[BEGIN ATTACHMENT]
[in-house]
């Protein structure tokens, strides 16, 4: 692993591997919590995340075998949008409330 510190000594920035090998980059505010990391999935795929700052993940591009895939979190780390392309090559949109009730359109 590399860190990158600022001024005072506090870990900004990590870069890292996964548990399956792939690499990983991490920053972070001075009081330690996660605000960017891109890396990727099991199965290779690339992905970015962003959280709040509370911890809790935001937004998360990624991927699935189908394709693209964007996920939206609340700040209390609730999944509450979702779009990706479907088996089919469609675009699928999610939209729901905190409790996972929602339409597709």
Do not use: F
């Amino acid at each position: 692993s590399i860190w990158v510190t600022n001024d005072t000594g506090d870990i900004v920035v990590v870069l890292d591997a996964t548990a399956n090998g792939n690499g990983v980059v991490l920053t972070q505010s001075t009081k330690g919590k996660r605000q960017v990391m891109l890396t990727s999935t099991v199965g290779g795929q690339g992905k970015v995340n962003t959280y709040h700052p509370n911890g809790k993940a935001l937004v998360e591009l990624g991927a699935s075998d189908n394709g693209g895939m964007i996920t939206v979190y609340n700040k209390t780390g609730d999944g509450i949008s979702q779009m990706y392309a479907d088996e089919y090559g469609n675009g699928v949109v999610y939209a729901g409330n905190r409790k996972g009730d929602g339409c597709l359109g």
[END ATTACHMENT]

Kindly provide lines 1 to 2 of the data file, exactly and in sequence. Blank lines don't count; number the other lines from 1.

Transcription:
[in-house]
């Protein structure tokens, strides 16, 4: 692993591997919590995340075998949008409330 510190000594920035090998980059505010990391999935795929700052993940591009895939979190780390392309090559949109009730359109 590399860190990158600022001024005072506090870990900004990590870069890292996964548990399956792939690499990983991490920053972070001075009081330690996660605000960017891109890396990727099991199965290779690339992905970015962003959280709040509370911890809790935001937004998360990624991927699935189908394709693209964007996920939206609340700040209390609730999944509450979702779009990706479907088996089919469609675009699928999610939209729901905190409790996972929602339409597709």